OSHA COVID-19 ETS Employee Responsibilities in Idaho, Utah and Wyoming

This page has been created by Sterling Occupational Health to help employees at businesses with more than 100 workers understand their responsibilities under the OSHA COVID-19 ETS. Additional information about these regulations can be found on our OSHA COVID-19 ETS FAQ for Idaho, Utah and Wyoming and our Face Covering Requirements pages.

If you will require regular COVID-19 testing under these rules, a Sterling Membership may help you save money. 


Employee Responsibilities Under the OSHA COVID-19 ETS

Are Vaccines Mandated for All Employees Under the OSHA ETS?

The OSHA ETS mandates vaccines for all employees who work for public and private employers with 100 employees or more, with the following exceptions:

  • Employees who cannot be vaccinated due to a medical condition
  • Employees who cannot currently be vaccinated because of current medical treatments but who may be vaccinated when those treatments end
  • Employees who are in a protected class by virtue of a disability or sincerely held religious belief

Under the ETS, these employees are subject to a mask mandate and testing at least once every 7 days. These employees may need to pay for testing and masks themselves, as the OSHA ETS does not require employers to pay for masks or testing.

What Proof of Vaccination Do Employees Need to Provide?

The following proof of vaccination may be given:

  • A record of vaccination form a pharmacy or healthcare provider
  • A COVID-19 Vaccination Record Card
  • A coopy of medical records documenting vaccination
  • A copy of immunization records from a public health, state or tribal immunization information system
  • Any other official documentation that shows the type of vaccine administered, the date(s) it was received and the name of the clinic site or healthcare professional who administered the vaccine
  • A signed and dated employee attestation, only if the employee is unable to provide any other acceptable proof of vaccination
What Are the Penalties for Misrepresenting Vaccination Status?

Any employee who knowingly and willfully submits false information, including false attestations or forged documents, can be criminally charged and may face a fine of up to $10,000 or 6 months in prison per offense.

Are Any Employees Exempt?

There are five groups of employees who are exempt from the mandates in the OSHA ETS:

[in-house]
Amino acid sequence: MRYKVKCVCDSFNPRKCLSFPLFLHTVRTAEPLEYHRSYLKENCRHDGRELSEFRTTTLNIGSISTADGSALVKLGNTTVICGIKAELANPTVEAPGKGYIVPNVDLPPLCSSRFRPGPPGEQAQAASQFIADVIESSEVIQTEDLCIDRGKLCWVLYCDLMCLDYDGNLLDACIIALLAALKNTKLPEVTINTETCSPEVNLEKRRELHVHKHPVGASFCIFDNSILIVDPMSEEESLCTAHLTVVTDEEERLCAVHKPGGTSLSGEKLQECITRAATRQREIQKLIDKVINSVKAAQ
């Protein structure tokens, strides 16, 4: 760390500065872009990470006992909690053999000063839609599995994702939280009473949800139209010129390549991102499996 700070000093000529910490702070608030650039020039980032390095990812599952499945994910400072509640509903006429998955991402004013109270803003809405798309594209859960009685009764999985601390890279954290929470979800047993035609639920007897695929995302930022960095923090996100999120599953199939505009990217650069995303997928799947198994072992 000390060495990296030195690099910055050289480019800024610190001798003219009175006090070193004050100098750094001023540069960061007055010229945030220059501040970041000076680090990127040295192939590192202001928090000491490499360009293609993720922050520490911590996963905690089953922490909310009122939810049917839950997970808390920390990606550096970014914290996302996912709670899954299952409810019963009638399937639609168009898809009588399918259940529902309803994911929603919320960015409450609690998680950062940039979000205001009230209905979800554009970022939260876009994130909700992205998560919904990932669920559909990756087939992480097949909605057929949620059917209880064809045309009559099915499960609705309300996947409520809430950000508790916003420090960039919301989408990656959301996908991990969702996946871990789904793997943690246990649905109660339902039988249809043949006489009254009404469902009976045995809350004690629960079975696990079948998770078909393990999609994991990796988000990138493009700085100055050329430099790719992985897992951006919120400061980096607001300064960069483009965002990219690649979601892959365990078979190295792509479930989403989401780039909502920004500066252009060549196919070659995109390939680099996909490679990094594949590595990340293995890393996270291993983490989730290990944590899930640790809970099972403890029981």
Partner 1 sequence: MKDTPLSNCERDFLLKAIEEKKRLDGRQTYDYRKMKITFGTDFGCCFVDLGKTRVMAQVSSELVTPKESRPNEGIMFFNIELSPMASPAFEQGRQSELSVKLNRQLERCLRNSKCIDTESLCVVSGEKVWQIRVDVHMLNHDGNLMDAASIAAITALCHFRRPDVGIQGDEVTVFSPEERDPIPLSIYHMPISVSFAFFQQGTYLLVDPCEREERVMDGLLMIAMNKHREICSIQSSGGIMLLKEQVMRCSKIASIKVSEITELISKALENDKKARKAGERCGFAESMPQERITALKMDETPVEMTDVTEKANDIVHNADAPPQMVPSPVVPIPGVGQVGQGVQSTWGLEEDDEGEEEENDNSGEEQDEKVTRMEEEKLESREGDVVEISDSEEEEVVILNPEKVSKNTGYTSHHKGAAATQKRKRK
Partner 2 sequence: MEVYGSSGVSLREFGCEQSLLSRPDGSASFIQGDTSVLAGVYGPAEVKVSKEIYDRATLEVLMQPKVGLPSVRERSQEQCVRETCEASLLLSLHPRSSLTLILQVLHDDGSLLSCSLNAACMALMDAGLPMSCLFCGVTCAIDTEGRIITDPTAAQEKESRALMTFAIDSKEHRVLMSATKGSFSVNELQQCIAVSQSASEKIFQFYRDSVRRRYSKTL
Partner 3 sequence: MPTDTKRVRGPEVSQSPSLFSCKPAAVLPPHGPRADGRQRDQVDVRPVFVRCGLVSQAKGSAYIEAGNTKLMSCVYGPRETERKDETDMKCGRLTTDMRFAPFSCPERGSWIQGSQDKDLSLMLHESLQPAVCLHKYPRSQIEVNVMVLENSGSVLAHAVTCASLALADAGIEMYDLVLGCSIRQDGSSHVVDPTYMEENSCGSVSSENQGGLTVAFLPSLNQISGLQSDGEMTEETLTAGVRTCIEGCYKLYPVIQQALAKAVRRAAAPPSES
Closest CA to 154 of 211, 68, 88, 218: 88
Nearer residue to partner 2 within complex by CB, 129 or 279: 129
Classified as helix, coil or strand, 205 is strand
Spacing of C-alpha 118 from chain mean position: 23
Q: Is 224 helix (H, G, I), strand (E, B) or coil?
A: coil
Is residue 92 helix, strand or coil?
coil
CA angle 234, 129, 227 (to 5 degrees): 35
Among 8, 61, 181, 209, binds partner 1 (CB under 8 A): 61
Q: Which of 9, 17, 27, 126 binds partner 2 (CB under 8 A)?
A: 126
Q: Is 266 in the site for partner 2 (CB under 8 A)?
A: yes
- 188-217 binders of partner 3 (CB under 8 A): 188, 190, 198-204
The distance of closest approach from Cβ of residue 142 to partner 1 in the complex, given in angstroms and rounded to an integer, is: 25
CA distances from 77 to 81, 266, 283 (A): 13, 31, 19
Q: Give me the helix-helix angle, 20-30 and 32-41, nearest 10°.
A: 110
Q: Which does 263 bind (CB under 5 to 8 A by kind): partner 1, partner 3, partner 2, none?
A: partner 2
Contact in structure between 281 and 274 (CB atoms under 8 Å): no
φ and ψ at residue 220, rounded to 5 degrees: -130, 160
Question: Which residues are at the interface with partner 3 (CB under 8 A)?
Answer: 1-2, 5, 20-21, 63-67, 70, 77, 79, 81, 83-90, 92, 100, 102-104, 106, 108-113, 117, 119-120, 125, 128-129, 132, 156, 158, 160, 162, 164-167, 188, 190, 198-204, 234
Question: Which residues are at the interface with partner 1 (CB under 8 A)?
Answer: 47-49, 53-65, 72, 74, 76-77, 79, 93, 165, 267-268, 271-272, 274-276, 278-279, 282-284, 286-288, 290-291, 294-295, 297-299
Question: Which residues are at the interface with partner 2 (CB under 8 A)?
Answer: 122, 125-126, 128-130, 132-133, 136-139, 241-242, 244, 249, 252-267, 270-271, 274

1. Healthcare workers covered under the OSHA Healthcare ETS issued in June 2021.
  2. State and municipal employees in Idaho, which does not have a State Plan on file with OSHA and who are not subject to OSHA rules. State and municipal employees in Utah and Wyoming are subject to the OSHA ETS unless they are already covered by the Healthcare ETS or fall under one of the other exempt groups.
  3. Employees who work exclusively from home. No regular time spent in a workplace setting other than the home is permitted.
  4. Employees who work exclusively outdoors. No regular time spent indoors or in transit is permitted. Occasional time indoors, including the use of indoor bathroom facilities and sheltered break areas, is permitted.
  5. Employees who work by themselves in spaces with no other occupants.

These employees still count toward the 100-employee threshold for the OSHA ETS, but they are not subject to the vaccine or face covering and testing mandates.

Are face coverings and testing mandated by the OSHA ETS?

Any employee at a business with more than 100 employees total who is not part of an exempt group must do one of the following:

Get fully vaccinated

Wear a face covering and submit to testing at least once per week

Employers can require more frequent testing, and they are not required to reimburse for testing or provide time off, either paid or unpaid, for testing.

Face coverings must be made from at least two layers of breathable material that prevent light from shining through when held up to a light source, secured by ties, ear loops or elastic cords that go behind the head. Face coverings must fully cover the nostrils and mouth and cannot have holes or excessive wear.

In some workplaces, a respirator, face shield or facemask may be used in place of a face covering, as long as it provides similar source control for respiratory droplets.

Face coverings are not mandated for employees whose mouths must be visibile for safety purposes, or in situations where wearing a face covering would create a risk of injury. 

What Happens If I Receive a Positive Test Result?

An employee who tests positive for COVID-19 or is diagnosed with COVID-19 by a healthcare professional must notify their employer immediately. You will not be allowed to return to work until you meet the following Return to Work Criteria:

  • At least 10 days have passed since symptoms first appeared
  • You have not had a fever for 24 hours, without using a fever reducer
  • Other COVID-19 symptoms are improving, excluding the loss of taste and smell

You may also return to work if you have received a recommendation from a licensed healthcare provider.

Your employer is not required to provide paid sick leave while you are isolating with COVID-19. You may be allowed to use accured sick days or paid time off while you recover, depending on the laws in the state where you work.